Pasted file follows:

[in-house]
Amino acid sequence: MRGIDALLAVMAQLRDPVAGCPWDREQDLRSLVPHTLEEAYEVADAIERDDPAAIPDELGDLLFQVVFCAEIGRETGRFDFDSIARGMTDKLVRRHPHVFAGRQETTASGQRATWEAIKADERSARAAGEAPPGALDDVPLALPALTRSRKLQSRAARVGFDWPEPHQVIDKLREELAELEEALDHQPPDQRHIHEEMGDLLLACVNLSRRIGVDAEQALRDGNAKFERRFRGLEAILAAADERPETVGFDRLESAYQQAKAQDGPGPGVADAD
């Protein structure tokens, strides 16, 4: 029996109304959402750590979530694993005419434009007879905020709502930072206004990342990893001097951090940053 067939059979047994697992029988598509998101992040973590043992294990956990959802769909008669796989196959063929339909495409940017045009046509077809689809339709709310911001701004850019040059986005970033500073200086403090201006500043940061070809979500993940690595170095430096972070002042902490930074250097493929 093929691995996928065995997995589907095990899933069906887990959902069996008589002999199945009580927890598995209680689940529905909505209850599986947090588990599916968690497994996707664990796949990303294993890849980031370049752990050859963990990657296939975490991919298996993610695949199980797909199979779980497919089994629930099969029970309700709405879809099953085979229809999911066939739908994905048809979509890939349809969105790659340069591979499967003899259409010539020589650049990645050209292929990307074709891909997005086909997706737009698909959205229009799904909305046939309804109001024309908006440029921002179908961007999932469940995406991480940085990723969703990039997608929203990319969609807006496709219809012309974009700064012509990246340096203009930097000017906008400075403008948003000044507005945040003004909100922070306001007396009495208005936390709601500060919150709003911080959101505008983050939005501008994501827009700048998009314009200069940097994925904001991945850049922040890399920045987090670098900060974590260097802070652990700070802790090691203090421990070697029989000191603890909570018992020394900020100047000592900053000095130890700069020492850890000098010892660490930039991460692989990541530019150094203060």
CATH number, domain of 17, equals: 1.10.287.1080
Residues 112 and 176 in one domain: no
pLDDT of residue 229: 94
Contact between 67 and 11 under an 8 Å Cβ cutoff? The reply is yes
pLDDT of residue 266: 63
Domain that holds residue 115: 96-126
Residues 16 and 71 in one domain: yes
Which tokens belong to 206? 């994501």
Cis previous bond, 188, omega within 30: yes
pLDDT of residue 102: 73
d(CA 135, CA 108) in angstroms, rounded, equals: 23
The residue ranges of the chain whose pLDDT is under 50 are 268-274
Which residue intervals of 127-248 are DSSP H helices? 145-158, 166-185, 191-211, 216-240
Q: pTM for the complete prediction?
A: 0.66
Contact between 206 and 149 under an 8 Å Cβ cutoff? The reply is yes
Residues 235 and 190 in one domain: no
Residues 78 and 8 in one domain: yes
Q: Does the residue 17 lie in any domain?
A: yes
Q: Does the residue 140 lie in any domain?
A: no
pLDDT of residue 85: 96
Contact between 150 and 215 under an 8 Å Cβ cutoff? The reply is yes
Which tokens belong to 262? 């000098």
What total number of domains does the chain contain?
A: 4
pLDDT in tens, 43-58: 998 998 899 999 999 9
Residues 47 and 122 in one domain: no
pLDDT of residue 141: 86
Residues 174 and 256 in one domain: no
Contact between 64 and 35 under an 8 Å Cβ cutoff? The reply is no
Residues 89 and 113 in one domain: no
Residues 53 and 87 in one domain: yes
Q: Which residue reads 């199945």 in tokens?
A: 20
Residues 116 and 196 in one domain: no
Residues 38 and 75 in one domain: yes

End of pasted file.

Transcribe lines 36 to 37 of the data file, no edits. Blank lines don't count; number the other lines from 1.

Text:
Residues 89 and 113 in one domain: no
Residues 53 and 87 in one domain: yes